What is the SSEP?
The Student Spaceflight Experiments Program (SSEP) is designed to teach students to become professional scientists by having them undertake an authentic research project. Students compete in a competition to design an experiment that tests the effects of microgravity (weightlessness) on a physical, chemical, or biological system.
The teams of undergraduates produced approximately ten experimental proposals which were judged by the Stockton review panel last fall. Three finalists were selected, and their proposals were submitted to the National Center for Earth and Space Science Education (NCESSE) for final selection. The winning experiment will be flown to the International Space Station to be completed by astronauts!
What is the Impact?
This program provides faculty-mentored student research at the undergraduate level. Students use the principles of the scientific method to address a real-world scientific problem. Through participation in this program, our students are expanding the frontiers of microgravity research. They are also developing soft skills necessary for success in future employment, such as how to effectively communicate science to other scientists in a formal review process, as well as learning to communicate scientific findings to the community at large.
How You Can Help
This is our fourth mission (M14) that Stockton has sent an experiment to the International Space Station (ISS). We are excited to see what discoveries will be revealed from our experiment, but in order to further the scientific process, we need your help! Gifts of every size are vitally important, and will directly support this unique and vital program. The impact of your donation will inspire our students and future STEM leaders.
Thanks to our loyal alumni, faculty, staff, and friends of Stockton, $2,500 was raised for this program in 2018. Our goal is to meet and exceed that amount to help today's Ospreys attend this year's launch, and present their project results at the SSEP National Conference at the Smithsonian National Air and Space Museum in Washington, D.C.
Student Sophia Bradach, a freshman Environmental Science major, is working with faculty mentor Dr. Peter Straub, Dean of Natural Sciences and Mathematics and Professor of Biology/Molecular Biology, to research the Effects of Nitrogen Fixation in Pisum Sativum in Microgravity.
The proposal development and competition for Mission 14 of the Student Spaceflight Experiment Program (SSEP) at Stockton University was undertaken during the fall 2019 term. This competition led to the selection of the proposal “The Effects of Nitrogen Fixation in Pisum sativum (pea) in Microgravity” by Sophia Bradach, undergraduate (freshman) Environmental Science major. The experiment is currently under flight safety review in preparation for launch to the International Space Station expected on SpaceX-21, August 5th, 2020. This experiment will test the ability of symbiotic bacteria Rhizobium sp. to infect the pea roots and for the plants to produce fixed nitrogen from atmospheric nitrogen (N2) in the microgravity environment. The project will be launched aboard SpaceX-21 to the International Space Station in August 2020 and is expected to be at the ISS for 4-6 weeks before return to Stockton University for analysis of evidence of root infection and development of roots nodules associated with nitrogen fixation and analysis of total nitrogen in the plants.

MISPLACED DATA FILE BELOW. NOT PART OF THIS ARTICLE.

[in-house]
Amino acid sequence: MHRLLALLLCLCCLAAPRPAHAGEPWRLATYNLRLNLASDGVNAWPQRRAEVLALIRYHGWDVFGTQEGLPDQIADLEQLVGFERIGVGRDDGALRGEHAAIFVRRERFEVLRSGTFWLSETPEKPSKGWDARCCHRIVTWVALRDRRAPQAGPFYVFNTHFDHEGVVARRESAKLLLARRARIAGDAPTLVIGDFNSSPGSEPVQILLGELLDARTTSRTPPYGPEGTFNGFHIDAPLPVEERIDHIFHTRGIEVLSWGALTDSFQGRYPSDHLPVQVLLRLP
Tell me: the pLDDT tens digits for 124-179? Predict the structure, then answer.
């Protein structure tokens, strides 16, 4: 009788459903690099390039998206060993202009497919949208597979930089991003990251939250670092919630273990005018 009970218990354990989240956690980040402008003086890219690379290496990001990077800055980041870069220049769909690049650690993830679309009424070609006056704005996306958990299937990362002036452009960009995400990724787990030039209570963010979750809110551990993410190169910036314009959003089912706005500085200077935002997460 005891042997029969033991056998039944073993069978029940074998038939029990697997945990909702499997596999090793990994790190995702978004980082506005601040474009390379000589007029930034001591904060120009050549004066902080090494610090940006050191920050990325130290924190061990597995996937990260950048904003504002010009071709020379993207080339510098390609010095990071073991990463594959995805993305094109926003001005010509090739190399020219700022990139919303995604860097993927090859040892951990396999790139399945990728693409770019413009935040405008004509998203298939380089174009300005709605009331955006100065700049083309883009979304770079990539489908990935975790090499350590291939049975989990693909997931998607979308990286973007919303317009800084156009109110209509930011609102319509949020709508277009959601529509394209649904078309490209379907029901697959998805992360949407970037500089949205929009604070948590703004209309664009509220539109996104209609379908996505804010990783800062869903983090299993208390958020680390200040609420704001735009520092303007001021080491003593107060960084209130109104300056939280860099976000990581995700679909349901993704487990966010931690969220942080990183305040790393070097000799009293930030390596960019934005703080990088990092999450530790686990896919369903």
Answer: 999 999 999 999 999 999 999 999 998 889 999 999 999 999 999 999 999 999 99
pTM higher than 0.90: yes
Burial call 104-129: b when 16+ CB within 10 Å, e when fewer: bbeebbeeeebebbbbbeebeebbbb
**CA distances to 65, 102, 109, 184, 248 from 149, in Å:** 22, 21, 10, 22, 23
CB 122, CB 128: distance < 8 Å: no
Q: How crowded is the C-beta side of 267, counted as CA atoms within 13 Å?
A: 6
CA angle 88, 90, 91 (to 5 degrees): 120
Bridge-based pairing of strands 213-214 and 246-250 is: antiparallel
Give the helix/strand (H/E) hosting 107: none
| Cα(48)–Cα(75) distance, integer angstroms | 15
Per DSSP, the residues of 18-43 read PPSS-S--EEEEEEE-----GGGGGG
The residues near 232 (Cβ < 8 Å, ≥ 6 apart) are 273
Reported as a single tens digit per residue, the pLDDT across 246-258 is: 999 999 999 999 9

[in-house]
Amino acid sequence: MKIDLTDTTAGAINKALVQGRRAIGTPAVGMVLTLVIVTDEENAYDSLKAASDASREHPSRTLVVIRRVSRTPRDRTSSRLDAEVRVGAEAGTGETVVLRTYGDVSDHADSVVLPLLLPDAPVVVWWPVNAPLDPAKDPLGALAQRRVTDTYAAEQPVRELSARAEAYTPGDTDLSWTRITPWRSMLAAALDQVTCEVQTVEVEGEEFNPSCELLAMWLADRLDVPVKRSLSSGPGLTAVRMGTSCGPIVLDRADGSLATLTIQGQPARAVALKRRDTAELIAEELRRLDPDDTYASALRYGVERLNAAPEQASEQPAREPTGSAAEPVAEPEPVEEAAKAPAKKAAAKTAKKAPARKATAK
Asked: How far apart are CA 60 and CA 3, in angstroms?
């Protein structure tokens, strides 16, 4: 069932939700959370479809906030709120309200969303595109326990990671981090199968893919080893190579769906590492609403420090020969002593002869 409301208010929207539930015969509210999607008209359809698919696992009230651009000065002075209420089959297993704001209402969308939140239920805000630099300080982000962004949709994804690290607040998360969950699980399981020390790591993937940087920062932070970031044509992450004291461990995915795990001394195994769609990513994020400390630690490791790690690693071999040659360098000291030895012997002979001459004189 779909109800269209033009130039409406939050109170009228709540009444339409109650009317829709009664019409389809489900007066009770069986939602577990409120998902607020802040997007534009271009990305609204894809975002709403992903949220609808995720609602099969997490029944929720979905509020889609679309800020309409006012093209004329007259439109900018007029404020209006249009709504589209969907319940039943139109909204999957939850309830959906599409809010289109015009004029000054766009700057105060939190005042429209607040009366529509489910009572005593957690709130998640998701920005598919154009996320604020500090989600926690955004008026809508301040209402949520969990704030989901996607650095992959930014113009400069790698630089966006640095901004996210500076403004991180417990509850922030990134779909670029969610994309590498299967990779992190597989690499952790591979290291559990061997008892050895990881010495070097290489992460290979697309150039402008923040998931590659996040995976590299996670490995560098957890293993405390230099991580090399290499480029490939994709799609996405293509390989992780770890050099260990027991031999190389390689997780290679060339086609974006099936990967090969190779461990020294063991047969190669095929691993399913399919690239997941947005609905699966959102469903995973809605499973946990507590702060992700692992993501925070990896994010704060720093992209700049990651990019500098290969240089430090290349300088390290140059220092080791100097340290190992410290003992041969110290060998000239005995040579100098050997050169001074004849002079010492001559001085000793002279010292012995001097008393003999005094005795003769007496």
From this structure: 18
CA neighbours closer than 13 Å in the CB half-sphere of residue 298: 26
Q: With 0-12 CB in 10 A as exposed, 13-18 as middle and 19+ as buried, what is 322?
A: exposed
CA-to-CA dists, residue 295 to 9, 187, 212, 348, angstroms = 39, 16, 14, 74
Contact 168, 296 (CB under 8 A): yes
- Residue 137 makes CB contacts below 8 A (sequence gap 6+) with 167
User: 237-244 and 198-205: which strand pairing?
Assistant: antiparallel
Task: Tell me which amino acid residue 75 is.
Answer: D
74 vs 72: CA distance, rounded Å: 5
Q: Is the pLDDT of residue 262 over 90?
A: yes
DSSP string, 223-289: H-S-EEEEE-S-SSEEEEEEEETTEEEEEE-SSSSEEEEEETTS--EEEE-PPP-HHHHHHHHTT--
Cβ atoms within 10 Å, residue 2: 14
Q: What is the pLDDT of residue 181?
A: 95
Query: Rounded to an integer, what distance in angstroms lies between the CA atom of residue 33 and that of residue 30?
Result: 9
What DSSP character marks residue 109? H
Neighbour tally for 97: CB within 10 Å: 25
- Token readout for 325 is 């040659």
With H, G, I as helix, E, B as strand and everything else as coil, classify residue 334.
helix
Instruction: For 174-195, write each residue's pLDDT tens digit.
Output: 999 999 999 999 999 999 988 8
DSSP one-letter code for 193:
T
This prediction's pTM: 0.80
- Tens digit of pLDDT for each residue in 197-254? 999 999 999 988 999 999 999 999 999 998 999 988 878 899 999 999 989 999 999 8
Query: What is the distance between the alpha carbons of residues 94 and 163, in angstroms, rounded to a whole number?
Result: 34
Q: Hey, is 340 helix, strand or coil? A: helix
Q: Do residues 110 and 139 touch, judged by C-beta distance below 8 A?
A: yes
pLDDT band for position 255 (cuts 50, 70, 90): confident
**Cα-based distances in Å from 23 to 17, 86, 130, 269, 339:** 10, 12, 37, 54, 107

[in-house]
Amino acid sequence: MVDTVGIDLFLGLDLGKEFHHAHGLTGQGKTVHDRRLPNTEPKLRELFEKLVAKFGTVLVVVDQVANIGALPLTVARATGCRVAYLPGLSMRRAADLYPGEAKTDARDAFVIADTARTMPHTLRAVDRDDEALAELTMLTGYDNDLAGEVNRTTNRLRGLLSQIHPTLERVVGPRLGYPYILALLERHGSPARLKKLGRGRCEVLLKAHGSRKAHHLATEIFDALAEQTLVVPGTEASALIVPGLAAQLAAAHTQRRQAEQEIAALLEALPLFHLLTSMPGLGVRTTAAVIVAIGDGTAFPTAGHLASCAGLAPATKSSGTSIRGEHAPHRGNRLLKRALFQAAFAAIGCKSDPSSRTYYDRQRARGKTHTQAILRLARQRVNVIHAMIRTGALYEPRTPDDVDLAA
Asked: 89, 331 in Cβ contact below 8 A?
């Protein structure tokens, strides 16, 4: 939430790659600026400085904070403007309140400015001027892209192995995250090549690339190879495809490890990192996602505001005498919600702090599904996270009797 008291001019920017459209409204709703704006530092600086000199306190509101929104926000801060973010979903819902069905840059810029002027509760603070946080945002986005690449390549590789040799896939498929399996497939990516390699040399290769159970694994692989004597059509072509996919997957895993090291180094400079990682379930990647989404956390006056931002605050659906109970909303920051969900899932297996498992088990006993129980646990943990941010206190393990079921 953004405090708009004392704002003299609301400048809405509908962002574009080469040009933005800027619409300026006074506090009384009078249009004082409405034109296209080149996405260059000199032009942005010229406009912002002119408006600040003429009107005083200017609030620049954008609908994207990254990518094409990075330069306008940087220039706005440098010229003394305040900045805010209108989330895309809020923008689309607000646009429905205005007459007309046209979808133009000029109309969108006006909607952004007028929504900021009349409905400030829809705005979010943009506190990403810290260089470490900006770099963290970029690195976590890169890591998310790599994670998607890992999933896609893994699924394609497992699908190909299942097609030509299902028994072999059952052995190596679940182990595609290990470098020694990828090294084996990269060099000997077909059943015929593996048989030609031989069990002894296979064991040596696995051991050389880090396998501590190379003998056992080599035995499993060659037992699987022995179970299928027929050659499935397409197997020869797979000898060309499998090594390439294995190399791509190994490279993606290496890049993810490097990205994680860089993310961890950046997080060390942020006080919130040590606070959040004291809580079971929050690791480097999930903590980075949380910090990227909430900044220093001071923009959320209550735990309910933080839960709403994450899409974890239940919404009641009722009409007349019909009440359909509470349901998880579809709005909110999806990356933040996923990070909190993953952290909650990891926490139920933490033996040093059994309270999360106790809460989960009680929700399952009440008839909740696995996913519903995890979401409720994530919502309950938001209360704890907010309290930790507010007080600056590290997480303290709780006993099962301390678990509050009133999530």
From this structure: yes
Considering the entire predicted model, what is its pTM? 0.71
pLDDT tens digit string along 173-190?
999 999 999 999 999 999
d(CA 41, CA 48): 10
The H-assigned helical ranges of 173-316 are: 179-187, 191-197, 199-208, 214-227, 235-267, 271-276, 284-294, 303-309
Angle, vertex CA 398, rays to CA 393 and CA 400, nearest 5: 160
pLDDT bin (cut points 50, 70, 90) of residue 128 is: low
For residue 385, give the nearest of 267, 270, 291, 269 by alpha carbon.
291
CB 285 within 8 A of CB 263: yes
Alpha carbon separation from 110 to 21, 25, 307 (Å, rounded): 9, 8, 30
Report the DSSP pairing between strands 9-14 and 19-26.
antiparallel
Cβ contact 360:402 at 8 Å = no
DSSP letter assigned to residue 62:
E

NOTE: Mission 13 Update
Stockton SSEP Mission 13 students, Daniel Stoyko, Matthew Elko and Joseph Romanowski attended the 9th Annual SSEP National Conference at the National Air and Space Museum in Washington, D.C. last June where they presented the "Analysis of double stranded break repair in haploid Saccharomyces cerevisiae under spaceflight conditions" experiment design. Accompanying the group at the conference were Mission 12 winners, alumni Chioma Uka, Daniel Schneider and Christina Tallone who also presented their findings to their experiment, “Effects of Microgravity on PEGMA Based Self-Assembly and Impacts on Drug Delivery Systems.”. Both groups were recognized by director of the National Center for Earth and Space Science Education, Dr. Jeff Goldstein, who called our students 'role models' — something for the younger students to strive to achieve! Later in the summer, Mission 13 students were able to attend the launch of SpaceX Gemini and the witness the first stage Falcon 9 of the two-stage rocket return to Cape Canaveral.
Unfortunately, due to a human error on the International Space Station (ISS), Stockton's Mission 13 research project was not able to be completed. The team is in the process of repackaging their experiment which will be sent to ISS next month. We will be sure to share additional information about their experiment in the future.
*The Student Space Flight Experiments Program [or “SSEP”] is a program of the National Center for Earth and Space Science Education (NCESSE) in the U.S. and the Arthur C. Clarke Institute for Space Education Internationally. It is enabled through a strategic partnership with DreamUp PBC and NanoRacks, LLC, which are working with NASA under a Space Act Agreement as part of the utilization of the International Space Station as a National Laboratory.*